Gov. Mary Fallin (Mary Fallin for Governor 2014) paid CMA Strategies $348,575.58 in a year-to-date figure filed June 9. She also paid Cardinal Insights of Austin, Texas, $10,010 for consulting. Red October Productions of Arnold, Maryland, got paid $49,169.27 for a television shoot in May and Mentzer Media Service, Inc. of Towson, Maryland, was paid $266,950 for media advertising. New Strategies Group of Houston, Texas, was paid $112,003.15 this year for campaign consulting.

And Fallin’s campaign paid Hockaday And Associations LLC of Newport, Rhode Island, $178,857 for online consulting and management.

Fallin’s campaign paid the Oklahoma State Bureau of Investigation $551 for “research” on May 30.

Lt. Gov. Todd Lamb has paid CMA Strategies of Oklahoma City $8,582.93 for consulting services.

On June 9, (Cliff) Branan for Oklahoma – 2014 reported paying SRCP Media of Alexandria, Virgina, $251,445 for “media buys.” It also paid Seth Rott $4,000 for consulting services.

Some of the payments to A.H. Strategies

Total – $272,429

$84,583   T.W. Shannon (U.S. Senate)

$44,042   Joy Hofmeister (School Superintendent)

$28,036   Fred Jordan (Tulsa County DA)

$25,000   Brian Winslow (Oklahoma City) Senate District 40

$19,912   Jason Smalley (Stroud) Senate District 28

$15,733   Brian Bingman (Sapulpa) Senate District 12

$13,359   Markwayne Mullin (U.S. Congress)

$12,599   Weldon Watson (Tulsa) House District 79

$10,000   Greg Childers (Del City) Senate District 42

$8,000   Michael Rogers (Broken Arrow) House District 98

$7,000   Stephanie Bice (Oklahoma City) Senate District 22

$6,000   A.J. Griffin (Guthrie) Senate District 20

$4,500   Scott Hayes (Elgin) House District 65

$4,165   Frank Simpson (Ardmore) Senate District 14

$4,000   John Smaligo (Tulsa County Commissioner)

$3,000   Judge Sheila A. Condren (Claremore)

$3,000   Angela Marsee (Weatherford) District Attorney

$1,000   Judge Don Andrews (Oklahoma City)

$1,000   John Pfeiffer (Mulhall) House District 38

Some of the payments to Majority Designs

Total – $275,838

$66,671   Brian Winslow (Oklahoma City) Senate District 40

$38,092   Fred Jordan (Tulsa County DA)

$25,786   A.J. Griffin 2014 (Guthrie) Senate District 20

$22,926.  Melissa Abdo (Tulsa) House District 69

$16,804   Joy Hofmeister (State School Superintendent)

$15,931   Greg Childers (Del City) Senate District 42

$15,823   T.W. Shannon (U.S. Senate)

$15,521   John Pfeiffer (Mulhall) House District 38

$12,599   Weldon Watson (Tulsa) House District 79

$10,399   Stephanie Bice 2014 (Oklahoma City) Senate District 22

$10,125   Scott Hayes (Elgin) House District 65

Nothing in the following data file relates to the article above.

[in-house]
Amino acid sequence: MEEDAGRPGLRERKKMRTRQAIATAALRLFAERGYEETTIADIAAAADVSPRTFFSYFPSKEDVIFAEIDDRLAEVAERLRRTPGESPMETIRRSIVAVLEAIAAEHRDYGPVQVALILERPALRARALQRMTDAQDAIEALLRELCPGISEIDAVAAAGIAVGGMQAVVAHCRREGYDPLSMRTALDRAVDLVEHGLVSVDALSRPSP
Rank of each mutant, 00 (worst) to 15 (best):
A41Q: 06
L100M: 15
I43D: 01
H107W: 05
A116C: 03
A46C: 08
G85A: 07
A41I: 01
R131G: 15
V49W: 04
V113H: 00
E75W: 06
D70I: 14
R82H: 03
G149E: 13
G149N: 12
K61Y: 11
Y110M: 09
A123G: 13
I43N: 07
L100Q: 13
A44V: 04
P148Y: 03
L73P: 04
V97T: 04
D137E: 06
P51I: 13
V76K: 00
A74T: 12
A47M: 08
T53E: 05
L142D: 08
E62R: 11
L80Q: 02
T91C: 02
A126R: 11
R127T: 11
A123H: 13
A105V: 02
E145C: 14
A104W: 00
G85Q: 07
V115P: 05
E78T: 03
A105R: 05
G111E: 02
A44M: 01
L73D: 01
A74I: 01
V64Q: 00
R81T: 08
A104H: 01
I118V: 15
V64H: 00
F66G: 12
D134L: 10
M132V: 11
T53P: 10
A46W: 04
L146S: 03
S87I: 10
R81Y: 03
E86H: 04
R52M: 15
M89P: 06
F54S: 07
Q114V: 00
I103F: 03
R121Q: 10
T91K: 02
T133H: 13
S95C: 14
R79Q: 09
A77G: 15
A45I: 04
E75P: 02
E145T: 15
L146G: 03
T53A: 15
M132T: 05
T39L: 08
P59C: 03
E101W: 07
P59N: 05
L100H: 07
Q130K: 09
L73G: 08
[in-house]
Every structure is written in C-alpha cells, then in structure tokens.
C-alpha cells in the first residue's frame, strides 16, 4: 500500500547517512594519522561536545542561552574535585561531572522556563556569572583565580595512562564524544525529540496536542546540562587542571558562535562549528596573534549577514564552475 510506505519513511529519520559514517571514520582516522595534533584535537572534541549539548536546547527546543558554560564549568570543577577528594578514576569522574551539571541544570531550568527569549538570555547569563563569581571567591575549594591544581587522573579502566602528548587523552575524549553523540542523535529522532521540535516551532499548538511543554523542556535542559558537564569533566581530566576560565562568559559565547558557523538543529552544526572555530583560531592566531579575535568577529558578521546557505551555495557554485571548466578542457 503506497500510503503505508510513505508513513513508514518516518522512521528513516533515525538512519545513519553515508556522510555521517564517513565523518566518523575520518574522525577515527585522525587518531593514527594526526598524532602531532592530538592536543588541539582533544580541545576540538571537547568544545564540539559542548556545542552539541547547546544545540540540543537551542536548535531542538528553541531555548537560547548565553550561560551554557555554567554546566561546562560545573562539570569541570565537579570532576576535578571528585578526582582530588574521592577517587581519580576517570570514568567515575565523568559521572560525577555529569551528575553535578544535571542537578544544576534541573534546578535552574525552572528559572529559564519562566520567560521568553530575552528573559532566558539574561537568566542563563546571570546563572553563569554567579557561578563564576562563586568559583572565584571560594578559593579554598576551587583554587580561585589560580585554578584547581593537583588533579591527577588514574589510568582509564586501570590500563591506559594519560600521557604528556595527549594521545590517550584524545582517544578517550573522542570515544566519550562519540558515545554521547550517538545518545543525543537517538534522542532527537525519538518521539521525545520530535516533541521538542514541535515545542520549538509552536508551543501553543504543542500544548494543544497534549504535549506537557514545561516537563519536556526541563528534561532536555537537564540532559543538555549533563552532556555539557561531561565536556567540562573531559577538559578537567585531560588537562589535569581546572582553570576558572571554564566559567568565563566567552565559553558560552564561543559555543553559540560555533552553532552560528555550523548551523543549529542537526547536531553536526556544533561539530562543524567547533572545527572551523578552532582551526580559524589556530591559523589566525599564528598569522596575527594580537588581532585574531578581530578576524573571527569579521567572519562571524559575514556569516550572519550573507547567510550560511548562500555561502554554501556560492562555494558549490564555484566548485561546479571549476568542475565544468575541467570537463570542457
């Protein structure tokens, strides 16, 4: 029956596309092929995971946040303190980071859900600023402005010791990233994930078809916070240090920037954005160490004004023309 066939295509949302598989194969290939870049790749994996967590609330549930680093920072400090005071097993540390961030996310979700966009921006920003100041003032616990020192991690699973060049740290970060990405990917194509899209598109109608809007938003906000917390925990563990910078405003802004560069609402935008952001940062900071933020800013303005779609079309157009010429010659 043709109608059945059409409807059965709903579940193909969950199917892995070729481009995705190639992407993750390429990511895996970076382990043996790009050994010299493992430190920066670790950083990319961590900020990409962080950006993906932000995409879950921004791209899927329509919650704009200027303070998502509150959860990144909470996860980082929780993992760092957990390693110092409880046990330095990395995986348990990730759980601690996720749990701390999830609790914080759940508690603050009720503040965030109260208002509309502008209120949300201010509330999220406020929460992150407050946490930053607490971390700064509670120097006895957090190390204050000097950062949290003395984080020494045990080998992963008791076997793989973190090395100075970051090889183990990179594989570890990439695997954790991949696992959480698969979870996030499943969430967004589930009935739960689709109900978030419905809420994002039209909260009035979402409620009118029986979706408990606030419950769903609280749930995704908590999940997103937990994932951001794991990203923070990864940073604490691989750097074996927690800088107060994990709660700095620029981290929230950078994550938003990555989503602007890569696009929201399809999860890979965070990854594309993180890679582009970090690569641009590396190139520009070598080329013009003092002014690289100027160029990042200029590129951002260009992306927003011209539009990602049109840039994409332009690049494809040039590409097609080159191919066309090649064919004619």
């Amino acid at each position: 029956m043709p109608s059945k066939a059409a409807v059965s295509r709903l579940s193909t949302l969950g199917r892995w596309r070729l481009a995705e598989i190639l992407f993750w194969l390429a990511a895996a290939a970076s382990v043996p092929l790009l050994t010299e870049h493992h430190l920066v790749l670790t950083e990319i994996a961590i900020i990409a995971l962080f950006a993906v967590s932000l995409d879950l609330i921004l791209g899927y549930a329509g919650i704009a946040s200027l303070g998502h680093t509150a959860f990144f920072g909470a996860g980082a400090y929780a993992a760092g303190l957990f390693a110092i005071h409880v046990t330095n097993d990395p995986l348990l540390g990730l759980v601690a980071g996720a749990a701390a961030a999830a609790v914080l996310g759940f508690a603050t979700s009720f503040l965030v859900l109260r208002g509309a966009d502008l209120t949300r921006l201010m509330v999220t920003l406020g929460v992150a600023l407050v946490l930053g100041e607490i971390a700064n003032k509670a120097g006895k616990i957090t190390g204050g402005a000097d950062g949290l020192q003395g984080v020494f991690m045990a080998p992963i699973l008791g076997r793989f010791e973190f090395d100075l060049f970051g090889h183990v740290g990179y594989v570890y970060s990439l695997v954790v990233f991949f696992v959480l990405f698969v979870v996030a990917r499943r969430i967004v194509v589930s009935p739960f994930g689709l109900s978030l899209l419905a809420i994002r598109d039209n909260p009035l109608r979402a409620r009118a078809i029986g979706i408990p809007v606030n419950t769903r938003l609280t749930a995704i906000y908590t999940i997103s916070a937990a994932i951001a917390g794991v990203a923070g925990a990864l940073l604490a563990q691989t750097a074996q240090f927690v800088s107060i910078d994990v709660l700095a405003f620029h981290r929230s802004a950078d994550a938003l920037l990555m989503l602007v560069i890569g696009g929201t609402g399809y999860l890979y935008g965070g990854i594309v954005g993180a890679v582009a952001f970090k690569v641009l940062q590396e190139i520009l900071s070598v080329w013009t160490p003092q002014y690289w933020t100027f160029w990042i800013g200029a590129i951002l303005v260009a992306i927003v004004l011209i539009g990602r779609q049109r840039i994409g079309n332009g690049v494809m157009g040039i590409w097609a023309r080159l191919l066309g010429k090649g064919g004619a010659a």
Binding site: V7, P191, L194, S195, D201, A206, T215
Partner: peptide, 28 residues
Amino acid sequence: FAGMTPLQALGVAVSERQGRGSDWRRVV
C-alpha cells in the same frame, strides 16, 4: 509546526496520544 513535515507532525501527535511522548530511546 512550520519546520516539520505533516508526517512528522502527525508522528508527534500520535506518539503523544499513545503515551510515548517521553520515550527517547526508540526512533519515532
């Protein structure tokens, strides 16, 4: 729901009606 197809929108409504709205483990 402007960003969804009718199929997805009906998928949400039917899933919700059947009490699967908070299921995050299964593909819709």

$7,128   Brian Bingman (Sapulpa) Senate District 12

$3,921   Judge Don Andrews (Oklahoma City)

$3,112   Angela Marsee 2014 (Weatherford) District Attorney

Total for both companies – $548,267.00

Source: Oklahoma Ethics Commission for year-to-date candidate expenditures for 2014.

Dorman Unveils Attack On ‘Fal-esi’ Plan

Randy Krehbiel
Tulsa World

Democratic gubernatorial candidate Joe Dorman announced the “first phase” of his education program on Thursday.

In doing so, Dorman signaled his intention to tie state Superintendent Janet Barresi around incumbent Gov. Mary Fallin’s neck.

“The ‘Fal-esi’ (which Dorman pronounced ‘fallacy’) plan — the Fallin-Barresi education plan — must be turned around,” Dorman said during a press conference in Tulsa.

Barresi’s aggressive approach to education reform stirred animosity across the political spectrum and put her frequently at odds with the Legislature. Her bid for re-election ended last month with a third-place finish in a Republican primary won outright by former state school board member Joy Hofmeister of Tulsa.

Barresi and Fallin have sought to take the public education system in generally the same direction but have disagreed at times on policy and implementation.

“Much has been said about Mary Fallin and Janet Barresi,” Dorman said. “The two of them combined have initiated changes that have caused what’s happened to our education system.

“Through their radical agenda on education, they have pursued many programs that have harmed the classrooms.”

Dorman specifically cited lack of financial support, high-stakes testing and lack of input from education professionals as shortcomings of the current regime.

Dorman’s proposal, called Classrooms First, would dedicate the state franchise tax — estimated at $35 million — to classroom costs and limit per-pupil state funding cuts.

Dorman said the money from the franchise tax, which now goes into the general fund, could not be spent on administrative salaries or for non-educational purposes.